Annuals of history

Every Christmas, during the ‘60s, I would be given, alongside two tangerines; a handful of walnuts and 2-packets of last years’ dates, the mandatory annual.

Which subject would my parents choose?  Had they been listening to me throughout the year to get a feel in what I was interested in?

As, for several years on the trot, I received the Rupert annual, they clearly hadn’t.  Unless they thought I was a secret Daily Express reader, I was always slightly disappointed.  I didn’t possess a matching pair of distasteful yellow scarf and trousers – if I had been posher, I might have had; but this was Balham in the ‘60s, so that was never happening.

I’d have liked to have got the first edition, published in 1936, featuring stories where Rupert trains with Jesse Owens and Hitler invades Nutwood, with the pretence that there were German speakers living there.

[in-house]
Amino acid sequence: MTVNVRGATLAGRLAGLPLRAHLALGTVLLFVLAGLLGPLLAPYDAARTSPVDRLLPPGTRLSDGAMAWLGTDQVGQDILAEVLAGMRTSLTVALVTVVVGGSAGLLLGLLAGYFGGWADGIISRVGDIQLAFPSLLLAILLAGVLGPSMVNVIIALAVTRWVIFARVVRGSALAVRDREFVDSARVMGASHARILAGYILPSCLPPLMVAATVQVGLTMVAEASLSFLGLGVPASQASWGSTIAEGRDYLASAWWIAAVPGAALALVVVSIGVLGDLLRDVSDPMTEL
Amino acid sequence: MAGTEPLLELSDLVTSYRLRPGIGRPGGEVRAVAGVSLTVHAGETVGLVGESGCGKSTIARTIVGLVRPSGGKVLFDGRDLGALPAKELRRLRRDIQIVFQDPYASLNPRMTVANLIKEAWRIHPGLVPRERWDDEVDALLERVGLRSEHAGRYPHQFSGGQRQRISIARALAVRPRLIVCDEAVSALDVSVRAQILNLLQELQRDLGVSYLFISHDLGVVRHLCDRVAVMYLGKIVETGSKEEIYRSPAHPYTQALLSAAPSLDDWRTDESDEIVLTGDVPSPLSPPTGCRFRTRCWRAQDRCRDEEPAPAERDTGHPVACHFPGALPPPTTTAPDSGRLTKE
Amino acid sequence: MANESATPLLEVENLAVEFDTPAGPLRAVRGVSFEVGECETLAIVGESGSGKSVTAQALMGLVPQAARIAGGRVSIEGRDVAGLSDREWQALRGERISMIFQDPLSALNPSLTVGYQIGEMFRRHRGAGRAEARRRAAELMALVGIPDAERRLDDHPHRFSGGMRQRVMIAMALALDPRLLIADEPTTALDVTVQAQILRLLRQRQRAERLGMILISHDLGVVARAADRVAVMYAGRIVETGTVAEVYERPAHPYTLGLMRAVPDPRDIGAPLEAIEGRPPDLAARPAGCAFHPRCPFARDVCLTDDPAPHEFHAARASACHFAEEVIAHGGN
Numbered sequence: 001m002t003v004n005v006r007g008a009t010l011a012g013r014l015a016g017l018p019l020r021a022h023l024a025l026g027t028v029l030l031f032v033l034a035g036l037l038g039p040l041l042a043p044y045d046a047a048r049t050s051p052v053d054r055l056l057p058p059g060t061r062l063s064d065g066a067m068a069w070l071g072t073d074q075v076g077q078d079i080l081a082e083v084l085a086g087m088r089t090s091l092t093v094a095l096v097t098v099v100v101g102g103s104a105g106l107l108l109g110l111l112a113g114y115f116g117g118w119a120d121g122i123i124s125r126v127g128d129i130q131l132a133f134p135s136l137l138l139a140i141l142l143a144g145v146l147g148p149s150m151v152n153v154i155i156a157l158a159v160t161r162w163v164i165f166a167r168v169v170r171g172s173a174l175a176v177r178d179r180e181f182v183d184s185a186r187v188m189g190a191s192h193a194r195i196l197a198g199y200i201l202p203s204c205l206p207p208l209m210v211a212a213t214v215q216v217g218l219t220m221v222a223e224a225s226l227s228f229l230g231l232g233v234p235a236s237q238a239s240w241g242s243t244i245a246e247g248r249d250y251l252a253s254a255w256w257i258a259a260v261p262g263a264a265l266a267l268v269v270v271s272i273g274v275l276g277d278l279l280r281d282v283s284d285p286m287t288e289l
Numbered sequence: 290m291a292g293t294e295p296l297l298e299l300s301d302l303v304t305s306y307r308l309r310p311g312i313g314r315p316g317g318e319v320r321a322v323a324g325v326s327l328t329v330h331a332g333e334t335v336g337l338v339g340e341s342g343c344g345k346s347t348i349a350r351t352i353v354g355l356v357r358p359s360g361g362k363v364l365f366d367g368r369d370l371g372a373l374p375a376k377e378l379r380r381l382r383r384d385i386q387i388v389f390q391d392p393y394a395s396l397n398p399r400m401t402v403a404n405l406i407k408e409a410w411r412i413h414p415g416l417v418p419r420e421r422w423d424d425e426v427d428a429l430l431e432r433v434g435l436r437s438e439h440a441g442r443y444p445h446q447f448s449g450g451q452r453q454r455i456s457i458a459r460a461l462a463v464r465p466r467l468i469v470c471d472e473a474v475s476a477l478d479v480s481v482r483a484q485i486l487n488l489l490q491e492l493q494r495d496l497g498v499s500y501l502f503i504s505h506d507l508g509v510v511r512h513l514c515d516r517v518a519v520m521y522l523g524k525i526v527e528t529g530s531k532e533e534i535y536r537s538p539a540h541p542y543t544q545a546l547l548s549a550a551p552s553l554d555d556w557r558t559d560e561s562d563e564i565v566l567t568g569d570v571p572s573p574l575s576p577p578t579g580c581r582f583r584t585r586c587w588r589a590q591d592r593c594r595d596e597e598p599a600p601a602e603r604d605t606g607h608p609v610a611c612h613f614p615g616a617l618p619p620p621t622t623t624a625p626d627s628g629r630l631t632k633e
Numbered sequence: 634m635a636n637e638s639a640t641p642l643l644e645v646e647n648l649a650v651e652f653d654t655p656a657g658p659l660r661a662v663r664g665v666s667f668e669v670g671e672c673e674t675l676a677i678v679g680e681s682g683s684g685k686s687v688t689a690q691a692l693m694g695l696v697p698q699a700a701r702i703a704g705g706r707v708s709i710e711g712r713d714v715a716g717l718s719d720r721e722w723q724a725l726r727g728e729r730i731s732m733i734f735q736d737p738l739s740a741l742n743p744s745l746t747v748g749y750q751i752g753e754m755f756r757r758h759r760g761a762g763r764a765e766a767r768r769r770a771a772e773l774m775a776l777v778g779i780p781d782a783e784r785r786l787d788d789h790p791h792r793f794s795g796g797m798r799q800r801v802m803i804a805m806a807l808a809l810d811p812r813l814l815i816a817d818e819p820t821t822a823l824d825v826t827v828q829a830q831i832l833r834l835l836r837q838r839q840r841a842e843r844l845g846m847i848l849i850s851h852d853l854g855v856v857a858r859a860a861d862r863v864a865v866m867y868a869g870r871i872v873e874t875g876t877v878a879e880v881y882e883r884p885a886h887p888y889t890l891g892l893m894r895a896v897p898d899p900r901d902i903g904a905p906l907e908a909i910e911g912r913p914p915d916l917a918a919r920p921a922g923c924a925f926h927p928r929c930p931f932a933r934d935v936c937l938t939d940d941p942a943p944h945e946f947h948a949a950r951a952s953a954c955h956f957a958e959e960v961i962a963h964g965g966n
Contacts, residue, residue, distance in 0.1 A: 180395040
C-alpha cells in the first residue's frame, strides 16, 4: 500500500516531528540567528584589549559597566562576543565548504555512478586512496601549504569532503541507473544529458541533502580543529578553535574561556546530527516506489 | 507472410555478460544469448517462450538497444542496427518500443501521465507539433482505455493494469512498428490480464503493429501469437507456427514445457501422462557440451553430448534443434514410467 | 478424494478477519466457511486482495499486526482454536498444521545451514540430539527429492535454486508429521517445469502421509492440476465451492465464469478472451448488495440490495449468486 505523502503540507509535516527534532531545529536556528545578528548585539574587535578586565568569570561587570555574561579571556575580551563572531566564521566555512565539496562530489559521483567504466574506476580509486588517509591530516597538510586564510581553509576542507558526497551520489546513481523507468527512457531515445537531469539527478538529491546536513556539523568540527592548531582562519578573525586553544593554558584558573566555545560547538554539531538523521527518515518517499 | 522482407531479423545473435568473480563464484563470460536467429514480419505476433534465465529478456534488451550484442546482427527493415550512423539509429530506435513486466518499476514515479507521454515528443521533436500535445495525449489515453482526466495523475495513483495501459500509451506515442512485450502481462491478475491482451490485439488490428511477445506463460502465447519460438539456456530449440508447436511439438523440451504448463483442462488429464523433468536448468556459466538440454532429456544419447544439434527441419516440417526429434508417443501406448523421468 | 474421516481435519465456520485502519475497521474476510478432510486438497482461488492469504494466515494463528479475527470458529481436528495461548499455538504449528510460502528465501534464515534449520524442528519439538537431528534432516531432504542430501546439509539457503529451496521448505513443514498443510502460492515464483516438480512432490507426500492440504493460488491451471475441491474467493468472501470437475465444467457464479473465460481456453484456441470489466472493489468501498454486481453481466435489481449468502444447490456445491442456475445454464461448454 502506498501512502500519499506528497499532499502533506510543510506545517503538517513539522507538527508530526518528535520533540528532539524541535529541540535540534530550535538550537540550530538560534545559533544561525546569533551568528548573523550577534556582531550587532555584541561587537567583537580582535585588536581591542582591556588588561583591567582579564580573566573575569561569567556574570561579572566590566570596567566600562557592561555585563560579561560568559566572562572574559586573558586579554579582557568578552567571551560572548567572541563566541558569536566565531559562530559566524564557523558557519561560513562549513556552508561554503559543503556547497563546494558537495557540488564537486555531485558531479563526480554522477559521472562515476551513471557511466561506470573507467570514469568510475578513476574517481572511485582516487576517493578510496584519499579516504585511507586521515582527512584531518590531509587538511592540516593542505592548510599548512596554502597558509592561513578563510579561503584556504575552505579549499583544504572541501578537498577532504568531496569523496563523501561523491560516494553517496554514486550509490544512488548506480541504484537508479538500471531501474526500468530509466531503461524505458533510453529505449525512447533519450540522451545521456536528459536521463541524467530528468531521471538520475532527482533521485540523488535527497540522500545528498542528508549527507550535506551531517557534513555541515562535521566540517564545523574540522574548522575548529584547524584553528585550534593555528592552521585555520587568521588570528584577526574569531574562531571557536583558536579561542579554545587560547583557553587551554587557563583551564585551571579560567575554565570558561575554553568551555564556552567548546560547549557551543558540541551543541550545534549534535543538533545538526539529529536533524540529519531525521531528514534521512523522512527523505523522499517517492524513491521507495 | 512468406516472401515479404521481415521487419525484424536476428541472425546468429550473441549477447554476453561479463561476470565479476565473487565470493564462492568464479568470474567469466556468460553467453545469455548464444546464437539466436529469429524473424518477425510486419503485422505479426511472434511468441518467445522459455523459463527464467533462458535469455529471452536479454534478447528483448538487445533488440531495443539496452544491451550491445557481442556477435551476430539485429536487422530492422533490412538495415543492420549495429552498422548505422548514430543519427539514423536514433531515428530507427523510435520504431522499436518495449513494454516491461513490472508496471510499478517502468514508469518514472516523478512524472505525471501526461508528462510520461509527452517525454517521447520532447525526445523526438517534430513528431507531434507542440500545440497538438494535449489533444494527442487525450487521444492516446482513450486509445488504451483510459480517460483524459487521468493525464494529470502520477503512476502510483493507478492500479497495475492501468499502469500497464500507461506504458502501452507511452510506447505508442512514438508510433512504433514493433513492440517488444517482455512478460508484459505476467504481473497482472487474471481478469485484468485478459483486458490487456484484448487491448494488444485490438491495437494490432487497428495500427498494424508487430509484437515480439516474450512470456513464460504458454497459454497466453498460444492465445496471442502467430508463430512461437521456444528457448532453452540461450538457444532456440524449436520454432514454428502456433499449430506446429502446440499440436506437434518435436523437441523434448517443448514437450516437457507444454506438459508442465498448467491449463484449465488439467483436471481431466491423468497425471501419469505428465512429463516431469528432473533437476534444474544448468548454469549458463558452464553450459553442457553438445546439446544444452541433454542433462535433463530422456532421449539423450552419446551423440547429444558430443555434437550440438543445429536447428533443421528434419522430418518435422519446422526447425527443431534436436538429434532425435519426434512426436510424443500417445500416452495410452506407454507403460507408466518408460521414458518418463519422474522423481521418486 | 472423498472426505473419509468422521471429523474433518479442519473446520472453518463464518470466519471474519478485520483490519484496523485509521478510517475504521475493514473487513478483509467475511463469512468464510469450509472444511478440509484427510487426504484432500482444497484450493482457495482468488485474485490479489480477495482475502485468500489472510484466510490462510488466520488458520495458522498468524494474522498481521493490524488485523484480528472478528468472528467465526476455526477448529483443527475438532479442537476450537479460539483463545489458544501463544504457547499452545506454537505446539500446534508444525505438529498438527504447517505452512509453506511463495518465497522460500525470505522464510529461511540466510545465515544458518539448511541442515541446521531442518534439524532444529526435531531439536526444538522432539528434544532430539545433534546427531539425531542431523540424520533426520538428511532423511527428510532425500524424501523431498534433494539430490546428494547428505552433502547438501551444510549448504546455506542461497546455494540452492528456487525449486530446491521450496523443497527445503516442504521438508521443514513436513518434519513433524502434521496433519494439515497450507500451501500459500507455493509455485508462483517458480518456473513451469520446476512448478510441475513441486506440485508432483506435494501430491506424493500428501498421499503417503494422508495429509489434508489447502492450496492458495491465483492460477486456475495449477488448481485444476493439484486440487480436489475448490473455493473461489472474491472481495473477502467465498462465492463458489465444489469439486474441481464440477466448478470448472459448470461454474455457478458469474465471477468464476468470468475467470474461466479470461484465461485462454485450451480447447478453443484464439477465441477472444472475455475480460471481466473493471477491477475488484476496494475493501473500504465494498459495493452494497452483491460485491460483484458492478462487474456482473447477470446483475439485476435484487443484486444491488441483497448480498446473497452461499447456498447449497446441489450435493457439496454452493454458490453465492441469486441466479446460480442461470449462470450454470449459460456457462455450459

After a while of the annuals still being in pristine condition the following December, my parents changed tack.

The Coronation Street annual was never the same after 1964, as it no longer featured pictures of Martha Longhurst.

I was thrilled, in 1967, to get the Man from U.N.C.L.E. annual – I’d always wanted to be Illya Kuryakin and had, as a teenager, an interest in east European female gymnasts.

My parental procurement of my annual annual stopped in 1972.  Aged 15, you really don’t want your mates coming round to your place and seeing The Clangers annual taking pride of place on your bookcase.

There were some great soup recipes inside, though.

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